Biblicism Never Dies

In 2016, there was an eruption in conservative Evangelical and Reformed theologians surrounding the doctrine of the Eternal Functional Subordination of the Son (EFS). There’s no need to rehash what has already been said, as that has been summarized helpfully elsewhere. Needless to . . . Continue reading →

Calvin Contra Biblicism

Nearly half a century after R. T. Kendall published “Calvin and English Calvinism to 1649,” the debate of “Calvin versus the Calvinists” rages on. Kendall’s was not the first attempt at pointing out supposed discontinuity between Calvin and his successors, of course. . . . Continue reading →

And We Wonder Why

“How can the profusion of lying images of Jesus not undermine faith in the church’s witness…especially for children? What’s the cognitive effect of seeing a dozen versions of Jesus? Continue reading

American Presbyterians’ “Bible-onlyism”

THE POINT HERE IS NOT SO much the problems of recent Catholic and evangelical statements (though we do dissent from those affirmations). Rather our concern is with the understanding of religious traditions and their truth claims that undergirds not simply such statements . . . Continue reading →

Postmodern Confessionalism?

The relationship between biblical authority and ecclesiology has always been interesting. The Reformed commitment to sola Scriptura was never biblicism, as if it were solo Scriptura.1 The Reformed tradition from its outset was at the same time devoted to the Bible’s ultimate . . . Continue reading →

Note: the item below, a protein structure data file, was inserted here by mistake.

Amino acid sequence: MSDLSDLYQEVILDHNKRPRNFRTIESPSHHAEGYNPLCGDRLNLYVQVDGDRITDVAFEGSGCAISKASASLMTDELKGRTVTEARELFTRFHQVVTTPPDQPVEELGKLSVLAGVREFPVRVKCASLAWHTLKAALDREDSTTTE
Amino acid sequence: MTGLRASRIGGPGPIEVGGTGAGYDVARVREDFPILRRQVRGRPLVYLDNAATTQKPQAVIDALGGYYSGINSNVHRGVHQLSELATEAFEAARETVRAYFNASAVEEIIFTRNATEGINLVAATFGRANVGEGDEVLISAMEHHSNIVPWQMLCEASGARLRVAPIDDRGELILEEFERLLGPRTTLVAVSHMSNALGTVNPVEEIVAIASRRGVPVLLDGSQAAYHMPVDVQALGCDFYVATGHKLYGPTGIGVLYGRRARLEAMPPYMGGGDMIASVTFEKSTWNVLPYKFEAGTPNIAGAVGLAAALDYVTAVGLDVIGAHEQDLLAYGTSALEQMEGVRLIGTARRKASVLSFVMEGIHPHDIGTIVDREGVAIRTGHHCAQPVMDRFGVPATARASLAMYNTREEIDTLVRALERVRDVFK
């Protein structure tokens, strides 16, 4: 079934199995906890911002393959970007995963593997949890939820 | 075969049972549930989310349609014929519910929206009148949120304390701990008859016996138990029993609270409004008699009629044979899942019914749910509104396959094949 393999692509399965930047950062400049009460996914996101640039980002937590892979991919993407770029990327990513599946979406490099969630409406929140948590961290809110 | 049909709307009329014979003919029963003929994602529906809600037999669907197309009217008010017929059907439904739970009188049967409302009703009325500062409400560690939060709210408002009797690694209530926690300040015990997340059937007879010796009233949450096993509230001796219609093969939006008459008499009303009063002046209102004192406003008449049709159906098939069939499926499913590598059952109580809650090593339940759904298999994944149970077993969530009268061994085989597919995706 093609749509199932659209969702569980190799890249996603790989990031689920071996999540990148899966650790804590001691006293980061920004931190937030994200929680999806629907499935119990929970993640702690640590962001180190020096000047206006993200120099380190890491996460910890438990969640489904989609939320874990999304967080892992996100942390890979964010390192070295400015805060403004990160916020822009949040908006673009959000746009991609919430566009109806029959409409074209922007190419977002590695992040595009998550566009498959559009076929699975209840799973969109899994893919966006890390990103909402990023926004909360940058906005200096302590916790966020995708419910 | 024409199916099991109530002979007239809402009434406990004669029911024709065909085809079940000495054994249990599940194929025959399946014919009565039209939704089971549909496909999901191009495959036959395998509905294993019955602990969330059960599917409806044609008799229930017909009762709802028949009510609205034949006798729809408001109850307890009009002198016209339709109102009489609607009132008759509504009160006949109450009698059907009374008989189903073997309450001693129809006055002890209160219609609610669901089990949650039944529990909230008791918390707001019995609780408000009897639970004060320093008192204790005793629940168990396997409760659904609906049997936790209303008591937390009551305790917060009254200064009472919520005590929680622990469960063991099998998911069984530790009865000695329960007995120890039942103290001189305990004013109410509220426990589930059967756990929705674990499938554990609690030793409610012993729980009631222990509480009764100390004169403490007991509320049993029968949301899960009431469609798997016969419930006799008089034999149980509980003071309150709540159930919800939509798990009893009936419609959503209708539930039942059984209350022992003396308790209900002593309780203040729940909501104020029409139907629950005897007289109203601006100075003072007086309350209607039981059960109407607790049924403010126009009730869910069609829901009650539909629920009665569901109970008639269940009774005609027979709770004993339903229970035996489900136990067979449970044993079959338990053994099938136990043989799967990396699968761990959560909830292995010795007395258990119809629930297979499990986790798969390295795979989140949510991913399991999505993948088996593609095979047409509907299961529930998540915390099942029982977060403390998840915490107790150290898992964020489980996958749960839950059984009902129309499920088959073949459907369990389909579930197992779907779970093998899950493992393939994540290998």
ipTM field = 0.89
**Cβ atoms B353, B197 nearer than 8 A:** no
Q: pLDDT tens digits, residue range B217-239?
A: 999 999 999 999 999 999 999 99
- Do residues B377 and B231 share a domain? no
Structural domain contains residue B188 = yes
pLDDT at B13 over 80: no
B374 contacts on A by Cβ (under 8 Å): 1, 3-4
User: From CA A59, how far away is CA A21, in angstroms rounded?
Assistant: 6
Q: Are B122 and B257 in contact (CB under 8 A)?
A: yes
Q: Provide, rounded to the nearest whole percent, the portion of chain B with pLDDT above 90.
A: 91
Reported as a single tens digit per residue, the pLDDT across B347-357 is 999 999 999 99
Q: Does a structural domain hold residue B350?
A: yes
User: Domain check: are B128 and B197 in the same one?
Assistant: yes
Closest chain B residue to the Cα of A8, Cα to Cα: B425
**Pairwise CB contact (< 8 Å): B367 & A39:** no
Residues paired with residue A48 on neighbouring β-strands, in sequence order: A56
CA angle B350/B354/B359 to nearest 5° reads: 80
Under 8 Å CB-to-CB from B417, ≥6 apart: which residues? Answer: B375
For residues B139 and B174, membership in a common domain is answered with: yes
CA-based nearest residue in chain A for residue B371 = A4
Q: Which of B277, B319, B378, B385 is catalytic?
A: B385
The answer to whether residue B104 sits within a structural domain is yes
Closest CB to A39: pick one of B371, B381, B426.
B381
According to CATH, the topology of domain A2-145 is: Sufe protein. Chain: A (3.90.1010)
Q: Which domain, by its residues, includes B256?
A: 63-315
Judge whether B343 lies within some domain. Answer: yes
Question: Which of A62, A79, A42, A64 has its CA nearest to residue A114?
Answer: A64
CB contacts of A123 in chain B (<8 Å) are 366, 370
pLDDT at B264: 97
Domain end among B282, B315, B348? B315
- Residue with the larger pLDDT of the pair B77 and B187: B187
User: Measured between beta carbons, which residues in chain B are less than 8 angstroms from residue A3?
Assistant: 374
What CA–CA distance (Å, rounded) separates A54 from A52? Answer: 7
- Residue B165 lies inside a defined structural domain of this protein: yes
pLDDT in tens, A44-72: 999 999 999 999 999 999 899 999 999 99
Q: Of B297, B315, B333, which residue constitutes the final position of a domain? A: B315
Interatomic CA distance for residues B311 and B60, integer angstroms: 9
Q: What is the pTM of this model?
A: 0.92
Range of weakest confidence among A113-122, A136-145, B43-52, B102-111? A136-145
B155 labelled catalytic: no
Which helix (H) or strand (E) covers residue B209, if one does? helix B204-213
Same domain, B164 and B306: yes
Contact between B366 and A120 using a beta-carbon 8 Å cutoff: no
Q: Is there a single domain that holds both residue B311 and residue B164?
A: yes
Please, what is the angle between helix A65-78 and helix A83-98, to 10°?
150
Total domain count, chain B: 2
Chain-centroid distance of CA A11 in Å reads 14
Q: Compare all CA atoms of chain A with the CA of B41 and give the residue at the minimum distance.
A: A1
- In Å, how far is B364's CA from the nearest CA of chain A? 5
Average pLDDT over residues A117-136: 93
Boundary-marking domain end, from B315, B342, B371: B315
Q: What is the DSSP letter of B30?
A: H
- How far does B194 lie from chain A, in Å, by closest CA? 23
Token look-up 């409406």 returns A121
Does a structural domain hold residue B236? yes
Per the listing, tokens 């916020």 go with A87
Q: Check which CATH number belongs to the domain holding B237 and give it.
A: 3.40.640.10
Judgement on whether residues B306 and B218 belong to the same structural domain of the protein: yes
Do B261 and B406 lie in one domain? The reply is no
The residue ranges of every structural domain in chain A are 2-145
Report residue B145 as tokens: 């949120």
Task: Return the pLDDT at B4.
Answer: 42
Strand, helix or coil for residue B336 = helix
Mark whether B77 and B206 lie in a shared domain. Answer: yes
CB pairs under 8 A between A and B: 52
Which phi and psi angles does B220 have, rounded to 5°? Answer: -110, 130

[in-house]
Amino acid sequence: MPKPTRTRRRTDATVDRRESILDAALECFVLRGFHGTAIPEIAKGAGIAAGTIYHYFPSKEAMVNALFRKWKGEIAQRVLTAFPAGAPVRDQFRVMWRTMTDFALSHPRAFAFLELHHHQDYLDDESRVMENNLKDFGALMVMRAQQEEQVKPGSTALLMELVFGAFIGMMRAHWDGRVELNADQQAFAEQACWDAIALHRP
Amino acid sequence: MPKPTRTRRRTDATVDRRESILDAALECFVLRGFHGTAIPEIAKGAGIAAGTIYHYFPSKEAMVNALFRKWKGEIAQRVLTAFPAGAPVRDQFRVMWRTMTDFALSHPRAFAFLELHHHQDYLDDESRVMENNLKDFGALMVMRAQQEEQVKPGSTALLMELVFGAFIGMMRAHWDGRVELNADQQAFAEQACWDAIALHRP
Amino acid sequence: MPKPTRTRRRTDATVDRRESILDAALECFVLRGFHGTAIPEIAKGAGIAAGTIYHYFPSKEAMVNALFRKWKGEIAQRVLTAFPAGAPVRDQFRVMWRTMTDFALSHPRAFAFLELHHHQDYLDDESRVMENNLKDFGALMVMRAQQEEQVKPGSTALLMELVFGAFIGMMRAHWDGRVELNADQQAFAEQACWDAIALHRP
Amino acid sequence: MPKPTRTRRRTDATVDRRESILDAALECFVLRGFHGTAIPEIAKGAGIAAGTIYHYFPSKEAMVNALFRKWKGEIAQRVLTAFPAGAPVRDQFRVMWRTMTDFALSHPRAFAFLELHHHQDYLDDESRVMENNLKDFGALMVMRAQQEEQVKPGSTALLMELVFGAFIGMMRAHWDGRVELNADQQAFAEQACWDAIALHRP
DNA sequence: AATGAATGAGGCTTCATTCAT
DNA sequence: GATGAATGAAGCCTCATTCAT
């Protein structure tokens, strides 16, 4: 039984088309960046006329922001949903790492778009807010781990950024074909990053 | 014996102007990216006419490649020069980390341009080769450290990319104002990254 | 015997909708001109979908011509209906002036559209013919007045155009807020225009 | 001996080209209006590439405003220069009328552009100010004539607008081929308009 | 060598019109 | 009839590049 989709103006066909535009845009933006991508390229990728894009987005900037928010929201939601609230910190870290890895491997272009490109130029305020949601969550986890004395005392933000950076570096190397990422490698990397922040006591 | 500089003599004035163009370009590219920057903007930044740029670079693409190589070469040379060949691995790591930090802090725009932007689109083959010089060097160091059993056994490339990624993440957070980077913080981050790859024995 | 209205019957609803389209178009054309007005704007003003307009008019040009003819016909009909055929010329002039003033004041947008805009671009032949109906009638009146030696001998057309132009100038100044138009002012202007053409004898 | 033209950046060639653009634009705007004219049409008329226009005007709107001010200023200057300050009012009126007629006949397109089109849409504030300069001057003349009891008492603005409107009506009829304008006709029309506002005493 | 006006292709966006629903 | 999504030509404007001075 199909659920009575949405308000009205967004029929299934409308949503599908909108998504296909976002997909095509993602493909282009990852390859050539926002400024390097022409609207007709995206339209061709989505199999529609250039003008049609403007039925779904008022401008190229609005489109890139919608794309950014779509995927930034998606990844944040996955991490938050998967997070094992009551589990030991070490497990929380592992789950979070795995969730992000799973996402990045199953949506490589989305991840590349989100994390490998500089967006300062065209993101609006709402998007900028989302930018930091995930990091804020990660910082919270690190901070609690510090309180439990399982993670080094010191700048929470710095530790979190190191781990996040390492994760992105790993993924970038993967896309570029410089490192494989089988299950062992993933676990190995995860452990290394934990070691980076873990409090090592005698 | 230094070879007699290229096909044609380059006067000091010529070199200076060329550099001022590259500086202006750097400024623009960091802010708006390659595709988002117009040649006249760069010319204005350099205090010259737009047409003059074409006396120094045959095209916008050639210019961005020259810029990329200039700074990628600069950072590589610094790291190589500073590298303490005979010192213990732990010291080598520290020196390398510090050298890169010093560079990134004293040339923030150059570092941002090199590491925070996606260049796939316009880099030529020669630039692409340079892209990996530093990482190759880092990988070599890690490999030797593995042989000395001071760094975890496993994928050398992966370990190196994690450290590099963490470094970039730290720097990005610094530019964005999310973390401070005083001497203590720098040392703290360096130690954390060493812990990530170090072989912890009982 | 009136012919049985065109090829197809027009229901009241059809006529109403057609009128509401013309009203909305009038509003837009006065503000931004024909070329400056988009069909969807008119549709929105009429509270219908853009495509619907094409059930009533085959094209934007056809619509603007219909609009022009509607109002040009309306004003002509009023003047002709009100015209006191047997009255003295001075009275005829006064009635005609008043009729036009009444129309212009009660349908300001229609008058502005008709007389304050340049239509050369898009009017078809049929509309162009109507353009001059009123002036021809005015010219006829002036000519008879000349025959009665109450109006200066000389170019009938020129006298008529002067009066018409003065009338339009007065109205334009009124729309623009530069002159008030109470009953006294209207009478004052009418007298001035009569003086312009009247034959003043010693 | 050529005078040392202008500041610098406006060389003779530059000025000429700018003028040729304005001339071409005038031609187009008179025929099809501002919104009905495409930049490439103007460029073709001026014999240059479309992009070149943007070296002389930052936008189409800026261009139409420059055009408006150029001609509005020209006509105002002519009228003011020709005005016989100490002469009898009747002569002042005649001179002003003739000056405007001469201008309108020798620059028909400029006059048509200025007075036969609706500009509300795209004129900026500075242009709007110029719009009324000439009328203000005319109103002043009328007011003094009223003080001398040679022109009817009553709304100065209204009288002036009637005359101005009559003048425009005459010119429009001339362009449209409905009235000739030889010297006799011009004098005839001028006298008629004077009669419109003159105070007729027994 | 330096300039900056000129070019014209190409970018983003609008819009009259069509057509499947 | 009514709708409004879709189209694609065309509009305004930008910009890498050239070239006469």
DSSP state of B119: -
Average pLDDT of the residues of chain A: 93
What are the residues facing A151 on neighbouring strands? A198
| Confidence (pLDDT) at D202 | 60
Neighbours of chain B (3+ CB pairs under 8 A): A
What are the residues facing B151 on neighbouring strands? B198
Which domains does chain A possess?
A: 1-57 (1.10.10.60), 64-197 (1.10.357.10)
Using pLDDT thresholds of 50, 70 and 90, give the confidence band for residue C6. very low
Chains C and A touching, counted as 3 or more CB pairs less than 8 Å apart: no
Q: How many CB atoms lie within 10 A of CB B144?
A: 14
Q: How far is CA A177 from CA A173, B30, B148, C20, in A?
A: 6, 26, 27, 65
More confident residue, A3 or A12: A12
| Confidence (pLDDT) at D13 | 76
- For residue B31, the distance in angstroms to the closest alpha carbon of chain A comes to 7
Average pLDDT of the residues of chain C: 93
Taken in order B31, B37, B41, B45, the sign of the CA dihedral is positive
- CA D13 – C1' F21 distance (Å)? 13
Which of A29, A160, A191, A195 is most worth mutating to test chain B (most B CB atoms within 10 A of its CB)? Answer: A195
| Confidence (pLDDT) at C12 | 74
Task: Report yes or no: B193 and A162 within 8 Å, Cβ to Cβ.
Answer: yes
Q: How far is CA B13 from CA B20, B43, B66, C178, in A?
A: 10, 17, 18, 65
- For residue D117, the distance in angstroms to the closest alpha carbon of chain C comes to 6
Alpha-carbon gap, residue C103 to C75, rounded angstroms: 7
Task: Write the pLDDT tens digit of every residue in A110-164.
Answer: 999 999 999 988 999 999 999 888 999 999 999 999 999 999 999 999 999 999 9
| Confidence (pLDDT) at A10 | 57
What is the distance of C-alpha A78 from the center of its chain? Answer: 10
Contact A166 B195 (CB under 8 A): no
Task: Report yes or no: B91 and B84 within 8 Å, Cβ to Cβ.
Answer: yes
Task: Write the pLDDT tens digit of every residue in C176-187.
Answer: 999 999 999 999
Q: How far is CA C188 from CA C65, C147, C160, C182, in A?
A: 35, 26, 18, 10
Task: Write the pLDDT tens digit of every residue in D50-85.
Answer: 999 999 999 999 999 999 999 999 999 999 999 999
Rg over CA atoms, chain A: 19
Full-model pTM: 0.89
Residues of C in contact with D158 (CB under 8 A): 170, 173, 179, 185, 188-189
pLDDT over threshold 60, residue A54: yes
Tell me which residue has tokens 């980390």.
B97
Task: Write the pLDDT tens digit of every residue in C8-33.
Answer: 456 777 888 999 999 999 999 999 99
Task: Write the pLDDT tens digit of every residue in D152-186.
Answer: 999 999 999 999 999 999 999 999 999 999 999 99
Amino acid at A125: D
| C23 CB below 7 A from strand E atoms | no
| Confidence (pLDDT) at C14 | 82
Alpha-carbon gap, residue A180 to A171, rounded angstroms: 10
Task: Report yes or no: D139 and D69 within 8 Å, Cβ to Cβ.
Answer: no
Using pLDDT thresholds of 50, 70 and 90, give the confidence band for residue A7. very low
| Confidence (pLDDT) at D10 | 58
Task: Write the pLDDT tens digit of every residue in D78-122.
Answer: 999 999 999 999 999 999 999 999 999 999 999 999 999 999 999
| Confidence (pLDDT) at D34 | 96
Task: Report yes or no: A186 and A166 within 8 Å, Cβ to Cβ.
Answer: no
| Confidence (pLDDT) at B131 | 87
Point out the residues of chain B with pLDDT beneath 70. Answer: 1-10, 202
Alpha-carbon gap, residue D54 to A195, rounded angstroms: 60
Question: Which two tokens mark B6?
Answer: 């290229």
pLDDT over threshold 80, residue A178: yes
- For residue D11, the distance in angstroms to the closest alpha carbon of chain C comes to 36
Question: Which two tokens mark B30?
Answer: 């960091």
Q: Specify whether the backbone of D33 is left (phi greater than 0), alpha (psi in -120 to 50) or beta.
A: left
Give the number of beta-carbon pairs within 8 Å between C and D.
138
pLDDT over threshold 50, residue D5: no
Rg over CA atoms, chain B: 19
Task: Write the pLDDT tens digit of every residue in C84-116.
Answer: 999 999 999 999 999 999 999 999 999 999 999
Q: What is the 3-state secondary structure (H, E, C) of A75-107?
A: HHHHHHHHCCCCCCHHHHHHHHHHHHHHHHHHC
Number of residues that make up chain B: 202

Review: Five Things Theologians Wish Biblical Scholars Knew

Hans Boersma, Five Things Theologians Wish Biblical Scholars Knew (Downers Grove, IL, InterVarsityPress, 2021). Introduction The idea behind this book is good. The author is right to say that no one approaches the biblical text without a prior commitment to metaphysics. Nevertheless, . . . Continue reading →

Muller On The Sources Of Biblicism

The rise and development of Socinianism in the seventeenth century cannot entirely account for the variant trinitarianisms of the age, including the English debates of the 1640s and 1650s, the variant language and historical perspectives of the Cambridge Platonists, and the doctrinal . . . Continue reading →